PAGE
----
Sumnall J H, Freeman T C A, Snowden R J, 2001, "Contrast and spatial frequency effects in the perception of head-centric speed" Perception 30 ECVP Abstract Supplement
Contrast and spatial frequency effects in the perception of head-centric speed
J H Sumnall, T C A Freeman, R J Snowden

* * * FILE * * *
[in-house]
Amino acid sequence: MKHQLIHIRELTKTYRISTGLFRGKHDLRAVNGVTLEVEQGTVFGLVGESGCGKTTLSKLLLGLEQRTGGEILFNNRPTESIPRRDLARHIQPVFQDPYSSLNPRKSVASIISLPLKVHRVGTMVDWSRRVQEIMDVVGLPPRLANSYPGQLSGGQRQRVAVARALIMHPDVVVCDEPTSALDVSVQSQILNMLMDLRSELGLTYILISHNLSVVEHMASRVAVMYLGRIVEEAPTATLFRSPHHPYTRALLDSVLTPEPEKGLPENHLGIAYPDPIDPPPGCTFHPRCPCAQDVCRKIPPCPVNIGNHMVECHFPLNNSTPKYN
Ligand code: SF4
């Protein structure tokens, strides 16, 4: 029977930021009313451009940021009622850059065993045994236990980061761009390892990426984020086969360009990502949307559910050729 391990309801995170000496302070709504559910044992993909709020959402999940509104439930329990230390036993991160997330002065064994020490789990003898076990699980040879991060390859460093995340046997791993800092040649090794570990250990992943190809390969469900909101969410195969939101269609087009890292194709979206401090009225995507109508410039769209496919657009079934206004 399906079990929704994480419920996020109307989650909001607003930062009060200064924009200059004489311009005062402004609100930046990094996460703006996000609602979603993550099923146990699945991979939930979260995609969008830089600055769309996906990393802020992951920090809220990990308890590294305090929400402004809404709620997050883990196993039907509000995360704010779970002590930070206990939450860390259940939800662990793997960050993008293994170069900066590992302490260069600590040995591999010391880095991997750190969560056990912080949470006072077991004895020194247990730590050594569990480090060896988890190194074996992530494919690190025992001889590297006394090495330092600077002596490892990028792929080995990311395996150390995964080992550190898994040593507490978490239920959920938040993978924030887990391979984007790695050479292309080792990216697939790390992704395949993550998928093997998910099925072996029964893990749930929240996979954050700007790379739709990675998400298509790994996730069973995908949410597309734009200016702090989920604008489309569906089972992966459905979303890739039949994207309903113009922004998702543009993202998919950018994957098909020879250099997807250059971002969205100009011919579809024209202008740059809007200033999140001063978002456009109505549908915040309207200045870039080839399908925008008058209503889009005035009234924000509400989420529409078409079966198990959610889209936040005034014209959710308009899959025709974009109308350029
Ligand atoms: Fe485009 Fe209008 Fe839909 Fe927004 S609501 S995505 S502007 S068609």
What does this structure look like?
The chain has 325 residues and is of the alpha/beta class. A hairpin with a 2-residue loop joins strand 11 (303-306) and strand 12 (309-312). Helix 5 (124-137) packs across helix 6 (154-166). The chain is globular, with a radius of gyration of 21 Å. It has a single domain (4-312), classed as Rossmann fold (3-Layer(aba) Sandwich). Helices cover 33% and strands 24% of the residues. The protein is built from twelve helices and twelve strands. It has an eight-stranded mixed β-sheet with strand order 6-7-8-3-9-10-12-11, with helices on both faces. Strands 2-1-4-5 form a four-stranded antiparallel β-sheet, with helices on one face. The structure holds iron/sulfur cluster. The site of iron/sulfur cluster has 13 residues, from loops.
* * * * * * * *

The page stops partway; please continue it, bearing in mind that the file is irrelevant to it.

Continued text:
Many stimulus properties modify the relationship between physical and perceived speeds of moving patterns. Here we investigate how contrast and spatial frequency affect perceived head-centric speed of pursued and non-pursued patterns. Two patches of Gaussian blobs were presented sequentially and their speed match determined. Observers tracked the first pattern with their eyes and viewed the second with eyes stationary. Eye movements were recorded and found to be independent of stimulus properties. For stimuli with identical contrast, the pursued pattern was perceived to move slower than the non-pursued pattern [the Aubert - Fleischl phenomenon (A - F)]. Varying the contrast of the non-pursued pattern resulted in a systematic change to the magnitude of the A - F. This change correlated with the size of the contrast effect obtained when the eyes were stationary in both intervals. Similar results were obtained for spatial-frequency manipulation. A parsimonious explanation is that stimulus properties modify perceived retinal speeds, but not perceived pursuit speeds (Freeman and Banks, 1998 Vision Research 38 941 - 945). Alternative models suggest that stimulus properties change the optokinetic potential of the pattern during pursuit. However, a further condition in which the contrast or spatial frequency of the pursued pattern was varied, resulted in no change to the A - F.
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